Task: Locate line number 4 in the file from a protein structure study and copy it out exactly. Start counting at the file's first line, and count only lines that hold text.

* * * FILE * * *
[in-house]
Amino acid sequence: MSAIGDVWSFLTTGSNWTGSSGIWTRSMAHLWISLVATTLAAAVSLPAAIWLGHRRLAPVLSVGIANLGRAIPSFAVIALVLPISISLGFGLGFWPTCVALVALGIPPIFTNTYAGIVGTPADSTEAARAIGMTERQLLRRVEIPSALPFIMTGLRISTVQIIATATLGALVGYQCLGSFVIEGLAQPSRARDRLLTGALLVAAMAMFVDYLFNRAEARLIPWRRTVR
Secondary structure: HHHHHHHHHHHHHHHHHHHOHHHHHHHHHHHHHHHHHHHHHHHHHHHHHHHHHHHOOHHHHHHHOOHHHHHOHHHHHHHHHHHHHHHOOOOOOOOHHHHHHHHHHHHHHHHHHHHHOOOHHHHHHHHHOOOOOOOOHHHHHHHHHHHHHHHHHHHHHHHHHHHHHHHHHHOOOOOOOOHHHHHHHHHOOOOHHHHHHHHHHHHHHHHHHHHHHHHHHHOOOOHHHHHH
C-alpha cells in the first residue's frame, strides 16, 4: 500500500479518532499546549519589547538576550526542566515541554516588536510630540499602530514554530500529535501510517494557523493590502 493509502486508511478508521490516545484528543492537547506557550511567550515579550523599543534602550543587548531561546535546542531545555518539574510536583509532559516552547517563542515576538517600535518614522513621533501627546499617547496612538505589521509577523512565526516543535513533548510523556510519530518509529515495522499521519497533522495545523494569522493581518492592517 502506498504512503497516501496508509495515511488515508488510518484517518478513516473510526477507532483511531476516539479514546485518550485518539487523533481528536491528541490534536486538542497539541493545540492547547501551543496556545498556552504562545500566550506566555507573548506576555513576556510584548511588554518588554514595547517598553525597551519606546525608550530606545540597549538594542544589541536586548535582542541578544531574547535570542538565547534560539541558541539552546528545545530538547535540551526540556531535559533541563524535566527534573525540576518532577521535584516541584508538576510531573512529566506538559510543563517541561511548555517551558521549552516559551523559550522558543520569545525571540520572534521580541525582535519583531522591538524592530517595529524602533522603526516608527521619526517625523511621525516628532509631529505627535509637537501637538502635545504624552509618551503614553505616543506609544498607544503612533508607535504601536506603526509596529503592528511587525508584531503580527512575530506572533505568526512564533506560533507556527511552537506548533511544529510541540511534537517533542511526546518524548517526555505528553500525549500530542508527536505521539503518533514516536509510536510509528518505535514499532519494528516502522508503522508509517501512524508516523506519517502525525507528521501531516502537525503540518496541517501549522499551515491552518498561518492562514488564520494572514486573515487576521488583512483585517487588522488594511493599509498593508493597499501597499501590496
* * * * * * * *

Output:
C-alpha cells in the first residue's frame, strides 16, 4: 500500500479518532499546549519589547538576550526542566515541554516588536510630540499602530514554530500529535501510517494557523493590502 493509502486508511478508521490516545484528543492537547506557550511567550515579550523599543534602550543587548531561546535546542531545555518539574510536583509532559516552547517563542515576538517600535518614522513621533501627546499617547496612538505589521509577523512565526516543535513533548510523556510519530518509529515495522499521519497533522495545523494569522493581518492592517 502506498504512503497516501496508509495515511488515508488510518484517518478513516473510526477507532483511531476516539479514546485518550485518539487523533481528536491528541490534536486538542497539541493545540492547547501551543496556545498556552504562545500566550506566555507573548506576555513576556510584548511588554518588554514595547517598553525597551519606546525608550530606545540597549538594542544589541536586548535582542541578544531574547535570542538565547534560539541558541539552546528545545530538547535540551526540556531535559533541563524535566527534573525540576518532577521535584516541584508538576510531573512529566506538559510543563517541561511548555517551558521549552516559551523559550522558543520569545525571540520572534521580541525582535519583531522591538524592530517595529524602533522603526516608527521619526517625523511621525516628532509631529505627535509637537501637538502635545504624552509618551503614553505616543506609544498607544503612533508607535504601536506603526509596529503592528511587525508584531503580527512575530506572533505568526512564533506560533507556527511552537506548533511544529510541540511534537517533542511526546518524548517526555505528553500525549500530542508527536505521539503518533514516536509510536510509528518505535514499532519494528516502522508503522508509517501512524508516523506519517502525525507528521501531516502537525503540518496541517501549522499551515491552518498561518492562514488564520494572514486573515487576521488583512483585517487588522488594511493599509498593508493597499501597499501590496